There are not too many people that would like to dwell on what their life would be like in the event that they become incapacitated due to old age, an illness or a serious accident. However, it's imperative that proper precautions are taken when you are capable of making your own decisions, rather than leaving important decisions about your life and health in the hands of others.
When health care options aren't resolved prior to incapacity, your preferences for the kind of treatment you would want to be provided or your recommendation for who should direct your care will not be considered. These matters will be passed off to spouses or family members, physicians, or even judges. If your medical wishes are not stated within a document called an “advanced directive”, decisions that will drastically affect your life and future could possibly be made by people who know very little about you or your desires.
What is an Advanced Directive?
An advanced directive is a legally valid document that contains the actions a person wishes to take for their health before they are unable to make decisions on their own behalf. This document is especially useful in emergency medical circumstances, or when an individual is getting ready to pass on.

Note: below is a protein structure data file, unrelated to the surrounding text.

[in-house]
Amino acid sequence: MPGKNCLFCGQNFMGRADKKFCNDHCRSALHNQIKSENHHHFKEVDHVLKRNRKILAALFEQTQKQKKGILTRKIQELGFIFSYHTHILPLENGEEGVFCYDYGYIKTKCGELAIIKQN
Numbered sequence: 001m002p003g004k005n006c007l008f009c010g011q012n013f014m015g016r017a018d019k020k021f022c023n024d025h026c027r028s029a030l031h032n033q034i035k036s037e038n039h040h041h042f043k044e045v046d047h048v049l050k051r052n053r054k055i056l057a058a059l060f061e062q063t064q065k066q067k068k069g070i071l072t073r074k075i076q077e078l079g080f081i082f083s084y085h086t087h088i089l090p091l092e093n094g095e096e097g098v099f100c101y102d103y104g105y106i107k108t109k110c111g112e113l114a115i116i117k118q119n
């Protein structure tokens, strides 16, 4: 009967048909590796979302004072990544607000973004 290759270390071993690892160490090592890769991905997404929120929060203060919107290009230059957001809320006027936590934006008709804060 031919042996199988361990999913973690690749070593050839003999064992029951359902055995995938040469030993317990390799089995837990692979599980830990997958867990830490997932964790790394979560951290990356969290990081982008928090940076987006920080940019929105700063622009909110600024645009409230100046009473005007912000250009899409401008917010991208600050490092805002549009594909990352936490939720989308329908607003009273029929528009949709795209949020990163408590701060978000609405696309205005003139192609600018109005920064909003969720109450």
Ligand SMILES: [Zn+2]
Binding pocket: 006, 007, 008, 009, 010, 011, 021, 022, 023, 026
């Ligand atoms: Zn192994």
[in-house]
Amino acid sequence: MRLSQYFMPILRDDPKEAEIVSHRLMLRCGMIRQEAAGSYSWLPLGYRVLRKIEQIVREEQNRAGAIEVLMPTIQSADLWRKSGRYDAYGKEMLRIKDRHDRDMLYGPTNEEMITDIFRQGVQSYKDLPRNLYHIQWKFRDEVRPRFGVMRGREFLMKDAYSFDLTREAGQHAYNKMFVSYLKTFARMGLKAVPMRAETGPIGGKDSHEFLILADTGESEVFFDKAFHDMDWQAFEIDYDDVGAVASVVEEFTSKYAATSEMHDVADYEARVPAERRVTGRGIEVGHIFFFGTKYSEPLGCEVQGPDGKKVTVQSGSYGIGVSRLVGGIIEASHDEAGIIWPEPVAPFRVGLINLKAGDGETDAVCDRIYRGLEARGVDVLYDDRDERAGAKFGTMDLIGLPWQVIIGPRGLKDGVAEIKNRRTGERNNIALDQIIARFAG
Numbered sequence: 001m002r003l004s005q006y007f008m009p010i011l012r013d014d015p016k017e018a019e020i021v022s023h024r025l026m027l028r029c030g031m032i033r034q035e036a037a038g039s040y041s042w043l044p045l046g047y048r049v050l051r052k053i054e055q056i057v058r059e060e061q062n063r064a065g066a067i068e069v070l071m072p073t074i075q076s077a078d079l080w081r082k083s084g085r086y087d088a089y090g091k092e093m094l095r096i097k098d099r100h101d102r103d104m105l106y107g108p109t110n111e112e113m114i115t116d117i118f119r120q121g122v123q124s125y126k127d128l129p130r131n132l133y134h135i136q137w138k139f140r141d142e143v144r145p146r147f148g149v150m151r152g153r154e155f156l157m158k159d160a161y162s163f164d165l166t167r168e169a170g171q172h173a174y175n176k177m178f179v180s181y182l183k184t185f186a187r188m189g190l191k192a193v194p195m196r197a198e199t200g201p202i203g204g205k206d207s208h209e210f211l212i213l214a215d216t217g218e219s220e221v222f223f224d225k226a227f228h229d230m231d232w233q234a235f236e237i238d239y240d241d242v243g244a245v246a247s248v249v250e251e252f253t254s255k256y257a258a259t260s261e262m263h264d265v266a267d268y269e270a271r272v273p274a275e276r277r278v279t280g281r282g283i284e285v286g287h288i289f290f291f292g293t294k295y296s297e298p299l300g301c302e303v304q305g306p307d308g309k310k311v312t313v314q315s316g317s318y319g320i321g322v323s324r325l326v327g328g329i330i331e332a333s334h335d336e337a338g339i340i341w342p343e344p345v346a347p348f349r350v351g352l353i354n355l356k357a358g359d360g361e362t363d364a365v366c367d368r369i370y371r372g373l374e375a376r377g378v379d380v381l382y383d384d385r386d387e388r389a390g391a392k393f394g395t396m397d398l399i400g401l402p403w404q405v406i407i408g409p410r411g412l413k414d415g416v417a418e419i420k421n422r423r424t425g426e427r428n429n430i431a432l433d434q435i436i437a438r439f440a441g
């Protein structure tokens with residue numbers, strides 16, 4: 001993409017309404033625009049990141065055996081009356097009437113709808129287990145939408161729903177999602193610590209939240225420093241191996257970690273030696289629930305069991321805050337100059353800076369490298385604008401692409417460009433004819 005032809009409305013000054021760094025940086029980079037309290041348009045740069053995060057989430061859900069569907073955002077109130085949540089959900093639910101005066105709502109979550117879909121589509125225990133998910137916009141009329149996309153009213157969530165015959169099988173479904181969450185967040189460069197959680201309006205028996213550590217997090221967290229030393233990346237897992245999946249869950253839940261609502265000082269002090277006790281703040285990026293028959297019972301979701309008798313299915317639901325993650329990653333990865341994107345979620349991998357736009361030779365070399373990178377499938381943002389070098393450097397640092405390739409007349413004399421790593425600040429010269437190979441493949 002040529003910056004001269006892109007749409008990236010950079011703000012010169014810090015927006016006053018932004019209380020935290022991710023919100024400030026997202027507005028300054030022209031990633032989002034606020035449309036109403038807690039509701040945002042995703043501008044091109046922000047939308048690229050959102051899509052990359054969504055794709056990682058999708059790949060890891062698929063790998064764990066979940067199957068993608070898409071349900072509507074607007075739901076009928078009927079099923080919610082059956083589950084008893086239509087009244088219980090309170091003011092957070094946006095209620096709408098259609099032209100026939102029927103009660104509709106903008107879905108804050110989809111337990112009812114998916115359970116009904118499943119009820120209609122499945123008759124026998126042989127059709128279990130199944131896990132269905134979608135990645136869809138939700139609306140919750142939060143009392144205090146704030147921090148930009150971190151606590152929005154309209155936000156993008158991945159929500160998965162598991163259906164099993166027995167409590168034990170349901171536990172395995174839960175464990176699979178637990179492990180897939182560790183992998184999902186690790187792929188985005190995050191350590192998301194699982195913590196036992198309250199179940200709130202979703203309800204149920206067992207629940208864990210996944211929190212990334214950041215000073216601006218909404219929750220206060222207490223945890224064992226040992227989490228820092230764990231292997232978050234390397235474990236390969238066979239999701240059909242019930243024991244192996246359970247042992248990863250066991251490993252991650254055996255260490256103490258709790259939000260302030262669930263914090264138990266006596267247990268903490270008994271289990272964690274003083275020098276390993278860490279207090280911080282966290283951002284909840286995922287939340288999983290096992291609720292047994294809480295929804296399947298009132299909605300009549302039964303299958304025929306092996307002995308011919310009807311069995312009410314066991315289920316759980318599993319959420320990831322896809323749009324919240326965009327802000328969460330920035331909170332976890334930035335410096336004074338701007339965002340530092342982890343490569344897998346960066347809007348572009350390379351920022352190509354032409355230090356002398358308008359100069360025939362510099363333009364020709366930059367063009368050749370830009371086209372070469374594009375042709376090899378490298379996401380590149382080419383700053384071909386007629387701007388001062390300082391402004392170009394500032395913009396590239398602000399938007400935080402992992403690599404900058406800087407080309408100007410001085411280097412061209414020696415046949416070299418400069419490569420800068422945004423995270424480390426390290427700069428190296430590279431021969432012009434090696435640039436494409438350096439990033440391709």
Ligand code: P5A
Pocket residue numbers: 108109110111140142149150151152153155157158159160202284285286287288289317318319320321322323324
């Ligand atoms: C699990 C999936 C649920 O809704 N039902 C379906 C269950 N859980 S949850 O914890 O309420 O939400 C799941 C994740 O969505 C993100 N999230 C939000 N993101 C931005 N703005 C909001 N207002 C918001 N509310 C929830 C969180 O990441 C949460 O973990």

Each state has different laws regarding advanced directives, as well as different steps that need to be taken to successfully create this type of document.
Elements of an Advanced Directive in Nevada
The two most common forms of an advanced directive are living wills (also known as a declaration) and a power of attorney for health care. Nevada allows citizens the option of selecting either option or both, depending on an individual's needs.
Nevada Living Will / Declaration
The state requires a written statement that contains details of the type of care preferred by an individual in the event of incapacitation. The declaration becomes effective when your attending physician determines the following conditions are met:
- You are incapable of making decisions about the use of life-sustaining treatment
- You have a terminal condition
A terminal condition is defined under Nevada Revised Statute 449.590 as an “incurable and irreversible condition that, without the administration of life-sustaining treatment,” will ultimately “result in death within a relatively short time.”
Nevada Health Care Power of Attorney
This document requires you to name someone you trust, called an agent, to make health care decisions on your behalf when you can no longer speak for yourself. Applicants are able to also express their desires on this part of an advanced directive to help guide their agent, if necessary. A power of attorney goes into effect when a physician concludes that you are no longer able to communicate your wishes.
Experienced Nevada Advanced Directive Attorneys
Although the aid of a legal representative isn't mandatory when completing these documents, a seasoned attorney could help to advise on the different problems that could arise with advanced directives and draft a document that properly conveys your wishes. If you are seeking to create an advanced directive, contact the Jacks Law Group for a free consultation today.